installation and performance
Maria the El Camino with post-apocalyptic indigenous warriors
This series of performances were first initiated when I was an artist in residence at the Denver Art Museum in the Spring of 2013. I attended school at Northern New Mexico College for a certificate in Automotive Science, Auto Body. I finished the body work and paint on “Maria” the 1985 El Camino, in time to do a first Friday performance at the Denver Art Museum with the Post-Apocalyptic Indigenous Warrior garb that I had created there in the Museum. I drove the el Camino up toward the museum flanked by indigenous and gender-queer performers in accoutrements made of found objects, leather, metal and fired clay. A heartbeat bumped out of the thousand-watt speaker system installed in the El Camino.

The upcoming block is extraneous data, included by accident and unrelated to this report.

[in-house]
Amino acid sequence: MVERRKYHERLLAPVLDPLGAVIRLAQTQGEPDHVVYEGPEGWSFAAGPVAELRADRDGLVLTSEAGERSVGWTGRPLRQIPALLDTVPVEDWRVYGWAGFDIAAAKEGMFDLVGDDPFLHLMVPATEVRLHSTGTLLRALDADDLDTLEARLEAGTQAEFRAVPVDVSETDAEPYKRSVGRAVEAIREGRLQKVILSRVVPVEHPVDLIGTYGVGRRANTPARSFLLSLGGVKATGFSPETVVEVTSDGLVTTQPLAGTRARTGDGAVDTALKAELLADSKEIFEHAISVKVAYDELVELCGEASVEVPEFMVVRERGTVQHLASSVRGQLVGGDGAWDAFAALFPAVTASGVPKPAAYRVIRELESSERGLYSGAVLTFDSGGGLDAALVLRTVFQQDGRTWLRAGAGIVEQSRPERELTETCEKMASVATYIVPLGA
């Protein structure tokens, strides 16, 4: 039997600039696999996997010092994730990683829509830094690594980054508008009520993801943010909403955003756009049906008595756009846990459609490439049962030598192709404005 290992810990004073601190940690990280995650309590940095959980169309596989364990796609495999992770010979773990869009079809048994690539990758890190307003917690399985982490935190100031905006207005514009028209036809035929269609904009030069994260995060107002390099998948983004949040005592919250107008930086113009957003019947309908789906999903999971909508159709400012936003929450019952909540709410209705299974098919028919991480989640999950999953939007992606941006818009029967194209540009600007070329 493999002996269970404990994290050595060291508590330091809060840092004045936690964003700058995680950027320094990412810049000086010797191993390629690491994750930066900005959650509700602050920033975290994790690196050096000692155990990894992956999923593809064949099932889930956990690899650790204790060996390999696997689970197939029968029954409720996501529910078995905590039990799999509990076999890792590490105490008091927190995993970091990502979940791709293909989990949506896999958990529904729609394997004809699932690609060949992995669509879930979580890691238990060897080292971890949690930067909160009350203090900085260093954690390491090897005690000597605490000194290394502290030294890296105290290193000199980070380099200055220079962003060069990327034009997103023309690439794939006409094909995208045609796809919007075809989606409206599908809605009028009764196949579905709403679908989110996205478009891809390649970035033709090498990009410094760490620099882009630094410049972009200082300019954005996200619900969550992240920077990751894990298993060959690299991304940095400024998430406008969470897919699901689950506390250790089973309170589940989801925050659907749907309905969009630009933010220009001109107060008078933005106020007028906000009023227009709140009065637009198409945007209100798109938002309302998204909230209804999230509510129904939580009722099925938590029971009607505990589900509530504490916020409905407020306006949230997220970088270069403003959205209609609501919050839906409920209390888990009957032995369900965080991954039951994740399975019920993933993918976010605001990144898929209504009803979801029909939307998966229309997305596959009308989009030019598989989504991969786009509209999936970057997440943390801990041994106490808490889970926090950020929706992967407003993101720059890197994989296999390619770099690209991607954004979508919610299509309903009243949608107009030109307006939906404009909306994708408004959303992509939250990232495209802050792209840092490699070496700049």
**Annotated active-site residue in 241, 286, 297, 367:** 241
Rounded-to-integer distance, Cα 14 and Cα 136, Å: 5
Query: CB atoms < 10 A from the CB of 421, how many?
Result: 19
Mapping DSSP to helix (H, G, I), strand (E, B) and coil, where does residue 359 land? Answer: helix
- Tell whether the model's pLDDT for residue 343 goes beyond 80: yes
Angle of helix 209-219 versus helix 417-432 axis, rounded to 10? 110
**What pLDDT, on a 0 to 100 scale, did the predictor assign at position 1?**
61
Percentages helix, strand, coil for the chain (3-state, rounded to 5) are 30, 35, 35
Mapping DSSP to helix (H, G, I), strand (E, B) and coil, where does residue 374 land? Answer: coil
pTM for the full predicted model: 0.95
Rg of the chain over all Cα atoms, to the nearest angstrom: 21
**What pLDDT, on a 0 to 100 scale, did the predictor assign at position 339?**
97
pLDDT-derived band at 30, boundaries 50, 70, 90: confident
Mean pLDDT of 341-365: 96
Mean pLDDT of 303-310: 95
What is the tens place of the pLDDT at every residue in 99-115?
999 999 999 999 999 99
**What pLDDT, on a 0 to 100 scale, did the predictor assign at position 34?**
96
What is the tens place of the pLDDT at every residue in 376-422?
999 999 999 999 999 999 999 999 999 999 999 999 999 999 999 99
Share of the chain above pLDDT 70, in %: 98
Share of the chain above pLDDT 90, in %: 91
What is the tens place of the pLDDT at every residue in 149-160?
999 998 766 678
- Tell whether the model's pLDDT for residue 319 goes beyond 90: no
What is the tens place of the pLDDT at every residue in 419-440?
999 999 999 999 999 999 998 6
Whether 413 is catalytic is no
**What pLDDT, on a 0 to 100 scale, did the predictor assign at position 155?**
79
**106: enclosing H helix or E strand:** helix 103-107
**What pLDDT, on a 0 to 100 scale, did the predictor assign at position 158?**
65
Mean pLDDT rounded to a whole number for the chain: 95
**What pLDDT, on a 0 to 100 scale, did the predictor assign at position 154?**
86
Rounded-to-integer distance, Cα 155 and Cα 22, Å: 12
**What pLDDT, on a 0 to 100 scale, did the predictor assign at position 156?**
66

This was the first performance of its kind, as an attempt to deconstruct gender roles around car culture, and to challenge the sexualization and objectification of indigenous women.
Rose B. Simpson; Ground at the Pomona College Museum of Art
Pomona College Museum of Art invited me to curate work from their collection of artifacts, and to make work in response to the collection. I chose a collection of grinding stones and built two large figurative pieces, one standing witness and one with large wings reaching into the earth. The concept stemmed from the belief that these post-apocalyptic indigenous giants have the ability to rise above their realities, but as they are told by the ancestors, they must go below, go within, go into the earth and discover the strength of work and nourishing stones.
Alter, at SITE Santa Fe 20/20, 20th Anniversary Series
These two figures, over nine feet tall, were installed in a large room facing each other. This initially was based on the concept of creating a ‘sacred space’ and I ended up presenting what I believed was an altar, or an altering moment- the moment of connection or awareness with another.